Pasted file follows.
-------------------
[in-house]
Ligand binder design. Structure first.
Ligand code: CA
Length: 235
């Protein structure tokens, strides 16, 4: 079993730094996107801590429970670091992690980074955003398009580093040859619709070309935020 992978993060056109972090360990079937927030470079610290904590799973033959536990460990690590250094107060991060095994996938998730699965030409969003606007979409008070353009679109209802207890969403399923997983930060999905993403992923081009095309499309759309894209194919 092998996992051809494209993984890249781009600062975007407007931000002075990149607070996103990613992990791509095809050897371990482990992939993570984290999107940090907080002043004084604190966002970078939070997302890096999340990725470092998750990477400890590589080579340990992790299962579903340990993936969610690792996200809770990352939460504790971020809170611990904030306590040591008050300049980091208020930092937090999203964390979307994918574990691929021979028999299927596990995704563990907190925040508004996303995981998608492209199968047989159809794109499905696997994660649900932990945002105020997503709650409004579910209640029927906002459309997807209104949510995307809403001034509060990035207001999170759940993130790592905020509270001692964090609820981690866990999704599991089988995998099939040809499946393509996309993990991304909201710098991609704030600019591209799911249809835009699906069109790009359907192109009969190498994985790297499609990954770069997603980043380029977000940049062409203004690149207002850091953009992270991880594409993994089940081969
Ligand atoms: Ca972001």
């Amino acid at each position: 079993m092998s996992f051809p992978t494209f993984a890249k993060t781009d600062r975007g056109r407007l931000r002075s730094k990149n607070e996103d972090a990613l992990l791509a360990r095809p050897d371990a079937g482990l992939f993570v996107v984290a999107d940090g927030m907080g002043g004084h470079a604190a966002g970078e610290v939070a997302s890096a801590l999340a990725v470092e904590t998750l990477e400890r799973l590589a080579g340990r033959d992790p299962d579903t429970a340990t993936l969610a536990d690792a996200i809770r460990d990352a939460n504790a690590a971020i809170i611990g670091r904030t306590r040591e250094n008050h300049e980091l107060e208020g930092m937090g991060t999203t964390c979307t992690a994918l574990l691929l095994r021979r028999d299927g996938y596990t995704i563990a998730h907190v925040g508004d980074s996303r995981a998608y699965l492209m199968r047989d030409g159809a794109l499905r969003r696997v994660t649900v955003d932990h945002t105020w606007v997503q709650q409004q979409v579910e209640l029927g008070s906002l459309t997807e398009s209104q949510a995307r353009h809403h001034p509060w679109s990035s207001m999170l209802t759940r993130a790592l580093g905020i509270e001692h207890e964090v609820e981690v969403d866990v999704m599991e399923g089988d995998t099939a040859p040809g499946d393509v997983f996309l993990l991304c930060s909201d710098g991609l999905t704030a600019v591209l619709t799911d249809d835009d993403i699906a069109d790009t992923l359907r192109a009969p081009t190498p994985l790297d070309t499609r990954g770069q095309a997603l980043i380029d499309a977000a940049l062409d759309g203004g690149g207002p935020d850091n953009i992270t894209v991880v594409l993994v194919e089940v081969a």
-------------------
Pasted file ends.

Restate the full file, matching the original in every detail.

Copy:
[in-house]
Ligand binder design. Structure first.
Ligand code: CA
Length: 235
């Protein structure tokens, strides 16, 4: 079993730094996107801590429970670091992690980074955003398009580093040859619709070309935020 992978993060056109972090360990079937927030470079610290904590799973033959536990460990690590250094107060991060095994996938998730699965030409969003606007979409008070353009679109209802207890969403399923997983930060999905993403992923081009095309499309759309894209194919 092998996992051809494209993984890249781009600062975007407007931000002075990149607070996103990613992990791509095809050897371990482990992939993570984290999107940090907080002043004084604190966002970078939070997302890096999340990725470092998750990477400890590589080579340990992790299962579903340990993936969610690792996200809770990352939460504790971020809170611990904030306590040591008050300049980091208020930092937090999203964390979307994918574990691929021979028999299927596990995704563990907190925040508004996303995981998608492209199968047989159809794109499905696997994660649900932990945002105020997503709650409004579910209640029927906002459309997807209104949510995307809403001034509060990035207001999170759940993130790592905020509270001692964090609820981690866990999704599991089988995998099939040809499946393509996309993990991304909201710098991609704030600019591209799911249809835009699906069109790009359907192109009969190498994985790297499609990954770069997603980043380029977000940049062409203004690149207002850091953009992270991880594409993994089940081969
Ligand atoms: Ca972001």
């Amino acid at each position: 079993m092998s996992f051809p992978t494209f993984a890249k993060t781009d600062r975007g056109r407007l931000r002075s730094k990149n607070e996103d972090a990613l992990l791509a360990r095809p050897d371990a079937g482990l992939f993570v996107v984290a999107d940090g927030m907080g002043g004084h470079a604190a966002g970078e610290v939070a997302s890096a801590l999340a990725v470092e904590t998750l990477e400890r799973l590589a080579g340990r033959d992790p299962d579903t429970a340990t993936l969610a536990d690792a996200i809770r460990d990352a939460n504790a690590a971020i809170i611990g670091r904030t306590r040591e250094n008050h300049e980091l107060e208020g930092m937090g991060t999203t964390c979307t992690a994918l574990l691929l095994r021979r028999d299927g996938y596990t995704i563990a998730h907190v925040g508004d980074s996303r995981a998608y699965l492209m199968r047989d030409g159809a794109l499905r969003r696997v994660t649900v955003d932990h945002t105020w606007v997503q709650q409004q979409v579910e209640l029927g008070s906002l459309t997807e398009s209104q949510a995307r353009h809403h001034p509060w679109s990035s207001m999170l209802t759940r993130a790592l580093g905020i509270e001692h207890e964090v609820e981690v969403d866990v999704m599991e399923g089988d995998t099939a040859p040809g499946d393509v997983f996309l993990l991304c930060s909201d710098g991609l999905t704030a600019v591209l619709t799911d249809d835009d993403i699906a069109d790009t992923l359907r192109a009969p081009t190498p994985l790297d070309t499609r990954g770069q095309a997603l980043i380029d499309a977000a940049l062409d759309g203004g690149g207002p935020d850091n953009i992270t894209v991880v594409l993994v194919e089940v081969a």